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Modelling cost offsets in a vacuum of evidence can be a costly mistake. (Tracy Comans, 03 December 2013)

We commend the authors for a conducting a cost-effectiveness analysis in the treatment of Alzheimer¿s disease - there exists a definite need for such work. However, we wish to query the costing used in the discrete event simulation model and believe that apparent errors may have a significant impact on the reported results and ultimate... read full comment

Comment on: Hartz et al. BMC Neurology, 12:2

Sponsoring of Open Access Publication (Sonja Koerner, 26 September 2013)

Publication charges were supported by the Deutsche Forschungsgemeinschaft DFG
in the framework of the program ¿Open Access Publishing¿ at Medizinische
Hochschule Hannover. read full comment

Comment on: Körner et al. BMC Neurology, 13:84

Authors reply to Dr Soumaoro Ibrahima (Espen Saxhaug Kristoffersen, 17 July 2013)

Dear Dr Soumaoro... read full comment

Comment on: Kristoffersen et al. BMC Neurology, 12:70

Medication Overuse Headache (MOH) definition (Ibrahima Soumaoro, 10 March 2013)

According to SD Silberstein et al. Cephalalgia 2005; 25:460¿465 (Revision-of-criteria-8.2-MOH) and ICDH-IIR, the diagnosis criteria for MOH are the... read full comment

Comment on: Kristoffersen et al. BMC Neurology, 12:70

Consideration in future researches (Mehdi Farhoudi, 10 March 2013)

Dear Dr. Soleimanpour,

Congratulations to you and your colleagues for publishing this innovative research paper in this professional journal. The article is great and I think all related limitations were mentioned. It seems that in this phase propofol should be used in emergency departments with monitoring facility and it is better to propose other study with solving of the limitations and considering cost-benefit issues.

Best Regards,
Mehdi Farhoudi
Prof. of Neurology read full comment

Comment on: Soleimanpour et al. BMC Neurology, 12:114

Comment on BMC Neurol 2012 12: 6 (Ulrik Dalgas, 18 June 2012)

Dalgas U, Kjoelhede T... read full comment

Comment on: Motl et al. BMC Neurology, 12:6

concern regarding a review published by Plested et al. 2010 on various medications for refractory neuropathic pain (Detlef von Zabern, 08 June 2012)

1. Definition of refractory neuropathic pain... read full comment

Comment on: Plested et al. BMC Neurology, 10:116

Errata for Coulthart et al., BMC Neurology 2011 Oct 27;11(1):133 (Michael Coulthart, 26 November 2011)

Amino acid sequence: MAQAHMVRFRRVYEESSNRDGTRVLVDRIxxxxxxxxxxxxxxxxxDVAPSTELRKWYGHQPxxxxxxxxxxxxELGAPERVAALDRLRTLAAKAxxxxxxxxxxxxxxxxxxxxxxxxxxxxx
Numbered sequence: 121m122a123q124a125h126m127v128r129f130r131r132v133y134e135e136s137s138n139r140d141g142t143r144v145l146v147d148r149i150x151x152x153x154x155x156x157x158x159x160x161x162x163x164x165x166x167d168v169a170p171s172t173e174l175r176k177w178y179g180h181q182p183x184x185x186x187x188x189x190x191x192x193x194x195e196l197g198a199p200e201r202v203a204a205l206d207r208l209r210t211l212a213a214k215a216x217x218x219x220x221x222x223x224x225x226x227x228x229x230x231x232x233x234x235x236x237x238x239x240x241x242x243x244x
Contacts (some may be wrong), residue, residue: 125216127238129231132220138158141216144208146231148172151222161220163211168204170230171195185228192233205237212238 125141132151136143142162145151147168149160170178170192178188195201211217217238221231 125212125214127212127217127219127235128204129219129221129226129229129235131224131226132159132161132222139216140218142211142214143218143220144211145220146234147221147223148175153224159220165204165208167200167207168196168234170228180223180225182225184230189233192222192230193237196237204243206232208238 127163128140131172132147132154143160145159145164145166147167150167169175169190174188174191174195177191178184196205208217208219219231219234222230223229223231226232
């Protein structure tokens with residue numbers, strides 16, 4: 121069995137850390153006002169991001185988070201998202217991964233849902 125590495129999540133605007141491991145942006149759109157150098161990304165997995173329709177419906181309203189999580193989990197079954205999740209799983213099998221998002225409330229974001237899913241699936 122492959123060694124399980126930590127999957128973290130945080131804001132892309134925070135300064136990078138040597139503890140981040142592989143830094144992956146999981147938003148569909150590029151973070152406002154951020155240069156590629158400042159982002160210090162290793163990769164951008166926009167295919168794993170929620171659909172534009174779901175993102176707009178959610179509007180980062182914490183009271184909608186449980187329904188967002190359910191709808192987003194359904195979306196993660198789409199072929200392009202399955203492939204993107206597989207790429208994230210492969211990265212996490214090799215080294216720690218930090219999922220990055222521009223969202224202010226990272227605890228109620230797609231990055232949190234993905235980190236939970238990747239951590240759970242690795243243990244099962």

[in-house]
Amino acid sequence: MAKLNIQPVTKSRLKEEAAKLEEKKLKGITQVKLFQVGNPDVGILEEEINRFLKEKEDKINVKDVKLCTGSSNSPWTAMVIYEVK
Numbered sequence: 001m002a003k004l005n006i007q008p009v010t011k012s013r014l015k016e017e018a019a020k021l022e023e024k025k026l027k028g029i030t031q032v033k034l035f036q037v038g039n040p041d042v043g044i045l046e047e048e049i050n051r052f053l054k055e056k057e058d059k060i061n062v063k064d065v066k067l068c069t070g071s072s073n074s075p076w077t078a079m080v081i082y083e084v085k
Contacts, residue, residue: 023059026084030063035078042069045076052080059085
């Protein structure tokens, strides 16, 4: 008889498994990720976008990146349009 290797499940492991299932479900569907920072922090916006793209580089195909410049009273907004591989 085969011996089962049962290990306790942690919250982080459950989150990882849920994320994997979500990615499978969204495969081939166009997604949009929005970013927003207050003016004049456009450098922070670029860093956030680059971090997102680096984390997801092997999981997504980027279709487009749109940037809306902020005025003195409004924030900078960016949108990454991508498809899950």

There are two typographical errors in the final published version of this paper, for which the corresponding author accepts full responsibility. Page references are to the final PDF version.

1. Page 6, first paragraph, line 7:

" ... result below T2.5 + T1000 ... " should read
" ... result below T2.5 + T976 ... ".

2. Table 3, lines 4 and 10:

"T1000" should read "T976".

M.B. Coulthart read full comment

Comment on: Coulthart et al. BMC Neurology, 11:133

Including insomniac/sleep deprevation patients in future studies? (John Mitchell jr, 08 July 2011)

One of the most distressing facets of CFS is the disrupted/interrupted sleep patterns experienced by many patients, which have a profound impact on quality of life. As a longtime CFS patient disrupted sleep was one of my first symptoms of illness, long before I became disabled due to cognitive dysfunction, weakness and post-exertional malaise, with the main problem being that I wake up from sleeping after a couple hours and then constantly awaken and try to go back to sleep for the rest of the night, every night. This has went on for the past decade, leaving me severely sleep deprived, and seems to fit with the reduced stage 4 sleep and alpha wave intrusion reported in several CFS sleep studies.

Although I am not educated on the techniques involved in this study, it would seem... read full comment

Comment on: Duffy et al. BMC Neurology, 11:82

Correction available (Otmar Bayer, 20 June 2011)

A correction to our article is available at http://www.biomedcentral.com/1471-2377/11/45. read full comment

Comment on: Bayer et al. BMC Neurology, 10:98

Typographic errors in Manuscript (Maia Beridze, 31 May 2011)

There are several typographic errors in manuscript final version that are important to mention as they can distort the scientific essence of paper.

In Table 2- After: Data represents means (SD) should be indication * P<0.05.

In the legend of Figure 1
After: P < 0.05 between the Group 1, Group 2 and control
Should be : P < 0.50 between the Group 1 and Group 2

In the legend of Figure 2
Instead of :
P < 0.50 between the Group 1 and Group 2
Should be:
P < 0.05 between the Group 1 and Group 2

This is also obvious while looking at the figures.

Author of this comments: Maia Beridze MD.PhD. The first author of presented manuscript.
read full comment

Comment on: Beridze et al. BMC Neurology, 11:41

corrections (illora darbar, 31 May 2011)

On Table 2, last column: The correct is p>0.999, not p=0.999. The correct is p=0.153, not p=1.53. read full comment

Comment on: Darbar et al. BMC Neurology, 11:36

No association between celiac disease and multiple sclerosis in population-based data (Jonas Ludvigsson, 31 May 2011)

The authors are to be commended for their interesting study. At the same time I would like to draw their attention to the largest study on celiac disease and mutliple sclerosis to this date:
Ludvigsson JF, Olsson T, Ekbom A, Montgomery SM. A population-based study of coeliac disease, neurodegenerative and neuroinflammatory diseases. Aliment Pharmacol Ther 2007;25(11):1317-27.